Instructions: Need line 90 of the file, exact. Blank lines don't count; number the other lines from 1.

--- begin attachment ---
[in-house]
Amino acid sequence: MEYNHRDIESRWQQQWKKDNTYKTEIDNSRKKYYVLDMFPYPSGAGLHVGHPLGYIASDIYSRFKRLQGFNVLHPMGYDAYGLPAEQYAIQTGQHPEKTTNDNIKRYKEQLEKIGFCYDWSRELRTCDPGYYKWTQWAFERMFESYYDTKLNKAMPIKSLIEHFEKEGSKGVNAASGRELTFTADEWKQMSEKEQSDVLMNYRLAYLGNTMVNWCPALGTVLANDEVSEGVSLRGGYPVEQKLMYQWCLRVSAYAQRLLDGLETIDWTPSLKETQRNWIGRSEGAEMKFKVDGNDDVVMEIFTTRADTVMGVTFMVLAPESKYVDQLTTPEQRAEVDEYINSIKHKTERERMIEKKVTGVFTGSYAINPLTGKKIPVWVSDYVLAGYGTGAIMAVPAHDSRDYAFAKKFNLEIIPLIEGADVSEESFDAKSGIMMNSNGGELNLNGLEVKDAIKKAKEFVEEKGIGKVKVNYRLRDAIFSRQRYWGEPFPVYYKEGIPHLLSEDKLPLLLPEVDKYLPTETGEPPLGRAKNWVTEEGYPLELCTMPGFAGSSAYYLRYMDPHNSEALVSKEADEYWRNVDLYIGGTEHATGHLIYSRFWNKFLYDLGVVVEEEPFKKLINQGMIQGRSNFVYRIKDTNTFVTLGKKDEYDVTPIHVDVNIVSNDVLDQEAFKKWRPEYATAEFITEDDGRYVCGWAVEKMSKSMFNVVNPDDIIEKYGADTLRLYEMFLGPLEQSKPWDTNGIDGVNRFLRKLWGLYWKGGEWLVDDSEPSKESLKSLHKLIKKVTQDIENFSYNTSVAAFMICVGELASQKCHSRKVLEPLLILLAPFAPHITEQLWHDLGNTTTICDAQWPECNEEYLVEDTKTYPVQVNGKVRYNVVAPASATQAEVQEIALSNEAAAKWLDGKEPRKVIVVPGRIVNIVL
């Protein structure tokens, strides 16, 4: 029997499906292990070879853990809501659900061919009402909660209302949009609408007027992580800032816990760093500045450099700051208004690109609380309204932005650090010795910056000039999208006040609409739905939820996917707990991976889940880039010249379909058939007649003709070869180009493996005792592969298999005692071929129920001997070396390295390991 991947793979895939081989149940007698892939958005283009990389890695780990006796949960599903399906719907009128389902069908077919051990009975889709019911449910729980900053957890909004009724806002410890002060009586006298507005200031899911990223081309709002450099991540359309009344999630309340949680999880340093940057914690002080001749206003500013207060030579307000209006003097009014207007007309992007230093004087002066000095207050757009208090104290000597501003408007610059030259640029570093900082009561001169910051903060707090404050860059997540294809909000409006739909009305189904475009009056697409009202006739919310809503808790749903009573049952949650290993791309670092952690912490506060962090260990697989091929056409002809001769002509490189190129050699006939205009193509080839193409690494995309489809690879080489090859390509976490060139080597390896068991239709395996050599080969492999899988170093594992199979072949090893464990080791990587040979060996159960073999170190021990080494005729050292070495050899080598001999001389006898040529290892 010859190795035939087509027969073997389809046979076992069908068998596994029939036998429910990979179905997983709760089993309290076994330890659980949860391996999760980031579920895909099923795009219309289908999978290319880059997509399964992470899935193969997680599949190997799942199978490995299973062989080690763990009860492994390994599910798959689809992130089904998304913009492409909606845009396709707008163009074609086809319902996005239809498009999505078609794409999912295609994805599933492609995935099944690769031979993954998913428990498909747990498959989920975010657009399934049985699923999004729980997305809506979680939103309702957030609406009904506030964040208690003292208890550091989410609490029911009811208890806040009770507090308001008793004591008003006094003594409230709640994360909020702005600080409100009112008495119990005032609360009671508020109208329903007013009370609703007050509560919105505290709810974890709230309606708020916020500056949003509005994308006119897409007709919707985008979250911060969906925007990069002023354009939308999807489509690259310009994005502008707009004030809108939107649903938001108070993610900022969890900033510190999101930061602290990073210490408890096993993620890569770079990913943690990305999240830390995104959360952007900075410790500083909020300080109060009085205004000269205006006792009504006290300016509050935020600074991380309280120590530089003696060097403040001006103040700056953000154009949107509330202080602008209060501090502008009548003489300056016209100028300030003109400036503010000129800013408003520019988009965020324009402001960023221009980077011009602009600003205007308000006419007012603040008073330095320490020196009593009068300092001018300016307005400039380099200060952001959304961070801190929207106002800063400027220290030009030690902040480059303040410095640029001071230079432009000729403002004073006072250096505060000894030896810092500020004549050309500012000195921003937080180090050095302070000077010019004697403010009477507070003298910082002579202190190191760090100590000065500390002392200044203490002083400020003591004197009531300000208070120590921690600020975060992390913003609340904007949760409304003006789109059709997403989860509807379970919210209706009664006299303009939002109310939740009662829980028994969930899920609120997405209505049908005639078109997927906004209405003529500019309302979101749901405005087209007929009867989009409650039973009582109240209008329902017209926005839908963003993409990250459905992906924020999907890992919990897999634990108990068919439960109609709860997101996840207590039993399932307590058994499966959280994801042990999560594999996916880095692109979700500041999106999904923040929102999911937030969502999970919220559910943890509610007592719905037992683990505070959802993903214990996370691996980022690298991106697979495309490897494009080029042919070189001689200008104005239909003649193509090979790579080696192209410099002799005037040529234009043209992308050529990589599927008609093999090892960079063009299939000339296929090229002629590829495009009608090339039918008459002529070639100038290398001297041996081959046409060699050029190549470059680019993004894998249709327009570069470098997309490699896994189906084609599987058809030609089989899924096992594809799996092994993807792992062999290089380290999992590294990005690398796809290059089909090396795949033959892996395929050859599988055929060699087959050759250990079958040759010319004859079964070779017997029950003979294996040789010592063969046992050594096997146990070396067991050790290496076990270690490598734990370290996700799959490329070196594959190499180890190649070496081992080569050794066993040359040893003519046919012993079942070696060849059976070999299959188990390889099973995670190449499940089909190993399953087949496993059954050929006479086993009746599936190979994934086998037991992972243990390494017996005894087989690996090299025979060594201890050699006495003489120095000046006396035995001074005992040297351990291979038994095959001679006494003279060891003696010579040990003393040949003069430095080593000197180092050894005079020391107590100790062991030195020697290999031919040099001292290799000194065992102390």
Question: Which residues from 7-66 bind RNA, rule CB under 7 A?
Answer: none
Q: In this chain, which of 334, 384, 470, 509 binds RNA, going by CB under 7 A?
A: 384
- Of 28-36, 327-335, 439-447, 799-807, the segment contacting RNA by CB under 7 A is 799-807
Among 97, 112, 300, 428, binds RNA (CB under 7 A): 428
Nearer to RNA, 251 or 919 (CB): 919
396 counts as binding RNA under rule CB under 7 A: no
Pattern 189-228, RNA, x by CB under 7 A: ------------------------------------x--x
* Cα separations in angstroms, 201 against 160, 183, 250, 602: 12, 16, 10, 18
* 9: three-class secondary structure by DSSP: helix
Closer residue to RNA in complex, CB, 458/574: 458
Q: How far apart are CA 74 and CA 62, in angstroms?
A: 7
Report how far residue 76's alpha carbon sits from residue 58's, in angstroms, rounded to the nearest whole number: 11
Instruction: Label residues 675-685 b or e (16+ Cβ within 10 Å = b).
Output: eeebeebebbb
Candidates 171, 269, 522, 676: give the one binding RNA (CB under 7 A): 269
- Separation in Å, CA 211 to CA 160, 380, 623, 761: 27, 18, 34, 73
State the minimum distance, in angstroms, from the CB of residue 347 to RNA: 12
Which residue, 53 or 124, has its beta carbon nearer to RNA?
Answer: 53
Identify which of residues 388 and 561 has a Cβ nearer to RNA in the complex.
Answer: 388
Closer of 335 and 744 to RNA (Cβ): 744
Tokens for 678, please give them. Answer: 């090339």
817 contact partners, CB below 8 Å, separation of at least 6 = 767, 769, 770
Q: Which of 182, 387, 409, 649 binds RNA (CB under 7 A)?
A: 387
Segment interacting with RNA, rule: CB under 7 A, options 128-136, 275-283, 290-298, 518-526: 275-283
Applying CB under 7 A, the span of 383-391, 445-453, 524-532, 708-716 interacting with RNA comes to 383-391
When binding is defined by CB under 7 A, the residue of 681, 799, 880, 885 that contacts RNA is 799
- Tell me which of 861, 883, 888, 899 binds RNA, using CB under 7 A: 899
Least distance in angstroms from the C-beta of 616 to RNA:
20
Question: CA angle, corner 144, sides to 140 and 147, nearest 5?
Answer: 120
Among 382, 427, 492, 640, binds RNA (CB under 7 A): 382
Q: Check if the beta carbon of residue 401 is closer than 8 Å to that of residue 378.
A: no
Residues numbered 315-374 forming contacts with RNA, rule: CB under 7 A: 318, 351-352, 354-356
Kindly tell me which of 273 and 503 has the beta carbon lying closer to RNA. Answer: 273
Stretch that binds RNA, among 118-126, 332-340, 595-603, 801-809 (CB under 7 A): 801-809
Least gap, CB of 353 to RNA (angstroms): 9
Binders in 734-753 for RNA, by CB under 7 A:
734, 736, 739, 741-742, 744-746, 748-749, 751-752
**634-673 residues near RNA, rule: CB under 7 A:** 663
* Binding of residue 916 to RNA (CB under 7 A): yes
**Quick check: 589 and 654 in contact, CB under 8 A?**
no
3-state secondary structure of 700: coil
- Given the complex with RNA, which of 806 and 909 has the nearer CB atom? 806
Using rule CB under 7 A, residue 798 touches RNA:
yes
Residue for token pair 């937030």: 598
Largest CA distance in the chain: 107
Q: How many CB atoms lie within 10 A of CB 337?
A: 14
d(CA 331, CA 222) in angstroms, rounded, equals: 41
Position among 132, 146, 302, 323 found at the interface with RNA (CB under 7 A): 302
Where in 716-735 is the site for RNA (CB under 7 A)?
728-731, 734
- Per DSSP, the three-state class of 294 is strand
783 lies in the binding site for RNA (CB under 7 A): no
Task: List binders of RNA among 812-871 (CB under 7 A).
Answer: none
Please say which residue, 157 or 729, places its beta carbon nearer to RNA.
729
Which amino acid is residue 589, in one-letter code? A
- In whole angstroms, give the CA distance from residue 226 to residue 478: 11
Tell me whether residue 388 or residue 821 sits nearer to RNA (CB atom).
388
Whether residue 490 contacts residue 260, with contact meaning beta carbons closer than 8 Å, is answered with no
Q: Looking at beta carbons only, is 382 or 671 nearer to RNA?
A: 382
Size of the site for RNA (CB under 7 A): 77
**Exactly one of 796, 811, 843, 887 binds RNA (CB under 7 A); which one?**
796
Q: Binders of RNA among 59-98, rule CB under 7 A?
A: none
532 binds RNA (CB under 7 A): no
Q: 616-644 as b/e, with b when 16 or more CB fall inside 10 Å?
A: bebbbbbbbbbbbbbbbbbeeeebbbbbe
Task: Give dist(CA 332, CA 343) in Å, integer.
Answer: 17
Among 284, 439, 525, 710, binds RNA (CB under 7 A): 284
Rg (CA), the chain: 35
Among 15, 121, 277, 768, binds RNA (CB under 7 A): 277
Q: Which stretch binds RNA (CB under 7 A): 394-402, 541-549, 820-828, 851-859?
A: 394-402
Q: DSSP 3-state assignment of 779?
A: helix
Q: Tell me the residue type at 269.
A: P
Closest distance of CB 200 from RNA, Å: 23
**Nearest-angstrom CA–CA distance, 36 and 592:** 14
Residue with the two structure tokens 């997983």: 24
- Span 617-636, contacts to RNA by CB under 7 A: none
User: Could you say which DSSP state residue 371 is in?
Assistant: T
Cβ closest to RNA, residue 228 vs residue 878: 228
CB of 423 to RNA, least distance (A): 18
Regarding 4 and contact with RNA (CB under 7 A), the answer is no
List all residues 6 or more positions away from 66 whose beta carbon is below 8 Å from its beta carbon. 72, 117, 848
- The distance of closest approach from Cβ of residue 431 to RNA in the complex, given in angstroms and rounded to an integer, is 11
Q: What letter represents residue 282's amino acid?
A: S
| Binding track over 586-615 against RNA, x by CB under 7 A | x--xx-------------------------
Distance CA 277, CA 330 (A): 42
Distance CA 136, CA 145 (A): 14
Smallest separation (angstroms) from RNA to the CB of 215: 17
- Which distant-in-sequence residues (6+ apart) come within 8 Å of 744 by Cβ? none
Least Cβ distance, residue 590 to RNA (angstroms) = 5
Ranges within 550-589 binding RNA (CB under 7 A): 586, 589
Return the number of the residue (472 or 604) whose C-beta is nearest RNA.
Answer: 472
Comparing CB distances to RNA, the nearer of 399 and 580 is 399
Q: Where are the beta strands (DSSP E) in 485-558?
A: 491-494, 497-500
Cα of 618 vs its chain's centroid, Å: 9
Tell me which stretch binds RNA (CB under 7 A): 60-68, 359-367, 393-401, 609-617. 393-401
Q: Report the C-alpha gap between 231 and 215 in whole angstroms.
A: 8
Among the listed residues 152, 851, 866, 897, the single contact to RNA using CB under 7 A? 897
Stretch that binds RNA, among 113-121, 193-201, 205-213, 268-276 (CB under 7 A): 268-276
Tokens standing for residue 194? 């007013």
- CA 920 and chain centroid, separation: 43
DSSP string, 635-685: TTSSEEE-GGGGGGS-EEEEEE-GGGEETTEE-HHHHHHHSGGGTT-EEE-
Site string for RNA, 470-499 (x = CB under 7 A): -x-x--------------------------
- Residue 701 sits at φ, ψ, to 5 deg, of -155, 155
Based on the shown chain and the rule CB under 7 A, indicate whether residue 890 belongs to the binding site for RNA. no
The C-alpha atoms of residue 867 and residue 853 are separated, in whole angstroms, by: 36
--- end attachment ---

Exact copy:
Rg (CA), the chain: 35